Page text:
Next Stop, winding through the back roads, I have to cut over (just once), to Hwy 12 to pick up my fresh strawberries at the little stand there. Oh my gosh, so worth it! The owners are super friendly and begged me to take pictures of their fruit. (Honestly, they didn’t need to because my camera was out already), the strawberries and blackberries were asking permission to be photographed! Gorgeous, plump, bright red and juicy strawberries; full, deep dark, purple blackberries are in baskets on the counter. Large white buckets in the back filled to the top full of berries! I bought 1/2 a flat of strawberries and a basket of the blackberries. More fresh fruit to add to my yogurt for my quick morning breakfasts before I hit the road being, Taxi Mom.IMG_0876 IMG_0874
After winding my way home back through the country roads past pastures, barns, cows and horses I make one last stop at the top of my street to our friend’s little wooden farm stand. They have had a stand up for years on their grandfathered farm in the middle of suburbia. I always swing by their stand and pick up a basket full of fruit for a tart or smoothies. In the fall I pick up green apples perfect for baking apple pie and making applesauce. Today they are selling peachcots, loquats and raspberries. “Loquat? What’s a loquat?”, I think to myself. I’m not sure what a loquat is so I drop my coins in the container and take the other two fruit baskets and now I’m happily on my way home with my bounty of fresh fruit and sunny thoughts from my country back road travels. Simple pleasures make me happy and today is a great day!IMG_9979

Black-crowned Night Heron

The other day my sisters and I decided to go for a walk with the kids around our favorite regional park, Spring Lake in Santa Rosa, CA. Much to our surprise we discovered this beautiful bird, a Black-crowned Night Heron standing like a statue right by us! Our Dad, an avid bird watcher should have been with us. I know he would’ve been proud of our new bird watching skills!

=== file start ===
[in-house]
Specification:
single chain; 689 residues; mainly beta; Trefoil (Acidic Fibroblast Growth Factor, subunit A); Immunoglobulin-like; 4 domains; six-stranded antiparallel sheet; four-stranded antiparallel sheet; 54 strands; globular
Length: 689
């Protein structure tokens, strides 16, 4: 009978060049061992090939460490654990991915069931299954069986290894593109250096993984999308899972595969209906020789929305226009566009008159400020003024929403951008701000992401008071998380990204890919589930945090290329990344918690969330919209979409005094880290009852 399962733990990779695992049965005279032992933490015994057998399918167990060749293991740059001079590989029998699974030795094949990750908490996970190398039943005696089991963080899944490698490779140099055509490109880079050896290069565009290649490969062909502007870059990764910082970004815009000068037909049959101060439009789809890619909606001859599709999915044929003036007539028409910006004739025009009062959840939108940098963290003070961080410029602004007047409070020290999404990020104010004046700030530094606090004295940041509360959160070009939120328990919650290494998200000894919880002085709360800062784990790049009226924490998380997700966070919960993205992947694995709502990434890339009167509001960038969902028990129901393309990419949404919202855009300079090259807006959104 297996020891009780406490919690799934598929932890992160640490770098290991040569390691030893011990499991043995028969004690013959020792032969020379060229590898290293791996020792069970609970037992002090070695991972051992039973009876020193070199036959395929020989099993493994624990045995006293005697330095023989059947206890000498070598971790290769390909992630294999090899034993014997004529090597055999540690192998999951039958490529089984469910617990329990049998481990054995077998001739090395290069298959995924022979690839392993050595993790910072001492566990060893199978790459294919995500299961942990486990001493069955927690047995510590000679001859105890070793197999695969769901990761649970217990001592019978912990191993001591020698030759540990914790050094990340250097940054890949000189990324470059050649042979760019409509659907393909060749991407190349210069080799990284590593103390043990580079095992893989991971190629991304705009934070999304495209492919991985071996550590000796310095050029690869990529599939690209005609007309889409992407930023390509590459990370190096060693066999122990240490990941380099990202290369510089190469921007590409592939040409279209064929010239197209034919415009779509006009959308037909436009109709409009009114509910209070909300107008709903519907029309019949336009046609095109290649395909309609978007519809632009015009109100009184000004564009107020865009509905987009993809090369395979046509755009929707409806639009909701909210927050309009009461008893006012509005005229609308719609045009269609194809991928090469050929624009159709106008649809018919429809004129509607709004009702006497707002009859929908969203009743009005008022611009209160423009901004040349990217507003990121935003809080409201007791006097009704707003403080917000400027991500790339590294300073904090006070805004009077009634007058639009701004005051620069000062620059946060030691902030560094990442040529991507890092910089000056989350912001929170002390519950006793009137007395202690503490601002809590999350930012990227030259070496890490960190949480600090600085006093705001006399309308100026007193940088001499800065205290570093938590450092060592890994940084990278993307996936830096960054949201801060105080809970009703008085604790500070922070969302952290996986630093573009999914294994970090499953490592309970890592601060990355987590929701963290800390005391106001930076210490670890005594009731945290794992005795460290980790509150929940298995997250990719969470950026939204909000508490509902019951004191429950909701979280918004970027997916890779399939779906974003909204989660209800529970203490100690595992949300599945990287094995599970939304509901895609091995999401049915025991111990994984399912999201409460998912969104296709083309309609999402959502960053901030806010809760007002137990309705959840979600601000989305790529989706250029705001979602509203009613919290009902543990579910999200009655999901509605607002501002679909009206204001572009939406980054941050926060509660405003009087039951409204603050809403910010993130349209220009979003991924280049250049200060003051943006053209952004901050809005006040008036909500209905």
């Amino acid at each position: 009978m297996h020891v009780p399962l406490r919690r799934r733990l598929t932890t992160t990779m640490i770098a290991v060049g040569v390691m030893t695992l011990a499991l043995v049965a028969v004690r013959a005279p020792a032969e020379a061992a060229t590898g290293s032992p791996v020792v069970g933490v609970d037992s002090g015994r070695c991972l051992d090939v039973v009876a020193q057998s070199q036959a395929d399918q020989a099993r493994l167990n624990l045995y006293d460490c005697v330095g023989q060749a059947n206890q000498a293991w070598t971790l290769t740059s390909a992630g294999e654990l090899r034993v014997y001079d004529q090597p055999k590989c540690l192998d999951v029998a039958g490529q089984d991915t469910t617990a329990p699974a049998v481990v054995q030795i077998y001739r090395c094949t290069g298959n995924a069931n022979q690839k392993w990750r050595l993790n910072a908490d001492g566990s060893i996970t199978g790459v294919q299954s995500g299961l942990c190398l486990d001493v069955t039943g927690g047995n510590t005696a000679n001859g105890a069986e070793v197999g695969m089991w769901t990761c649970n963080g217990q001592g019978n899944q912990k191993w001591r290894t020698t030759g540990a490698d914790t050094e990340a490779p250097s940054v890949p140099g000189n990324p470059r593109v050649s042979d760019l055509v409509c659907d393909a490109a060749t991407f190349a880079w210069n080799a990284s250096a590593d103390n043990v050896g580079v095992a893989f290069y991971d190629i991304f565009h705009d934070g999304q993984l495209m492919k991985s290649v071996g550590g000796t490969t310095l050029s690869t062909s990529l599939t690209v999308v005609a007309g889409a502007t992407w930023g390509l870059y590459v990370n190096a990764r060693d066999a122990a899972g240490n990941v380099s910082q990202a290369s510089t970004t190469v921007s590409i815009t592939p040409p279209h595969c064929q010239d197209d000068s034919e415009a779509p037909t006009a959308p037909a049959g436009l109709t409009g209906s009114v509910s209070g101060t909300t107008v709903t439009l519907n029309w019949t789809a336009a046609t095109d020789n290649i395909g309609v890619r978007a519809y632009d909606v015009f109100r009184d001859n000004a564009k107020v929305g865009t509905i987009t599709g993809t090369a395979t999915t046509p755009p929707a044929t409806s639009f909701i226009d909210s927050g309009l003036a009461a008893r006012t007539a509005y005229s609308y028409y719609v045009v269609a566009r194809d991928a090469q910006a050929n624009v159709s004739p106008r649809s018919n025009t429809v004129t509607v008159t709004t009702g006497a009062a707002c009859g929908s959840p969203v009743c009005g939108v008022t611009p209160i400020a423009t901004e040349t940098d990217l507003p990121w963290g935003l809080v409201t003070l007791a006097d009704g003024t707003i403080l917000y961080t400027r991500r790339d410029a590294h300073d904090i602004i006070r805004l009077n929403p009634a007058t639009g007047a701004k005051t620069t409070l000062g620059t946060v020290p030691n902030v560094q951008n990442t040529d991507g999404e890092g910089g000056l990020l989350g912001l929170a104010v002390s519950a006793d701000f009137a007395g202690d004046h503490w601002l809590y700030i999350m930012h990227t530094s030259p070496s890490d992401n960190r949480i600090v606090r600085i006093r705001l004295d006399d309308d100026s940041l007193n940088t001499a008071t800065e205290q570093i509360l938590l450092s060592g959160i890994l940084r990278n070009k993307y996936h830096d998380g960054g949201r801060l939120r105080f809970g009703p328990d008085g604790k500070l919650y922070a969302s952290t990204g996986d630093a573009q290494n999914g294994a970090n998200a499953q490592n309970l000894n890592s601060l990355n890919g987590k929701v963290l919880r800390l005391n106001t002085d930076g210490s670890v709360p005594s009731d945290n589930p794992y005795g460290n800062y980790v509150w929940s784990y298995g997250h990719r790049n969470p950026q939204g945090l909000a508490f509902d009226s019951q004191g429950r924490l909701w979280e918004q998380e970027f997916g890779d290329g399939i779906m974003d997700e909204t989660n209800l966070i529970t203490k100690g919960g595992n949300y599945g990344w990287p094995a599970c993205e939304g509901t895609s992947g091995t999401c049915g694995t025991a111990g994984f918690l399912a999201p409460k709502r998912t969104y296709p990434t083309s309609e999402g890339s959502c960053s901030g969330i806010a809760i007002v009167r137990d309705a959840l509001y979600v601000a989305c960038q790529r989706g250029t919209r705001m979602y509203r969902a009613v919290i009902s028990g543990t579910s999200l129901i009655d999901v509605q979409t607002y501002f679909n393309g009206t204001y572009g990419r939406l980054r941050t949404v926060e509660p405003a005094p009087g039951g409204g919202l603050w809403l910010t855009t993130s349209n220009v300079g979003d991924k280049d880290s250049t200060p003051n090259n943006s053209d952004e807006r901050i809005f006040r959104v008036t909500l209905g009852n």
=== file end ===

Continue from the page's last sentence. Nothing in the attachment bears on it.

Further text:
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Our Miracle Niece Kiera

Our little baby miracle niece, Keira was born as a preemie baby early last June and has plagiocephaly. We are raising funds to help buy her an expensive medical helmet for her head and brain formation. On Thursday, April 4th we are wearing green ribbons in honor of her ongoing fight and World Plagiocephaly Day. Here is her amazing story. http://www.gofundme.com/Keira-Jade20130402-162309.jpg

Bamboo Pens

20130721-143318.jpgMany times I have said, simple things can bring me so much pleasure. I just discovered bamboo pens to use with liquid ink. Not calligraphy ink pens bought from a store, but homemade, ink pens made from dried bamboo! My discovery started when I bought a book named, One Drawing a Day by Veronica Lawlor. I love this book because it encourages me to get back into my creative state of mind and draw.

One of the first exercises in the work book is painting a picture using bamboo pens. Even though I have many different types of calligraphy pens, I didn’t have any pens made out of bamboo lying around my house. In fact, I never even heard of them. I knew about quill pens; you know, the ink nib with the long feather on top (I bought plenty of those as a teen). Venturing further and having to look it up on the internet, I learned about this traditional Japanese and Arabic art of using bamboo reed pens for calligraphy and how to make them yourself. How fun to create a pen made from a bamboo plant!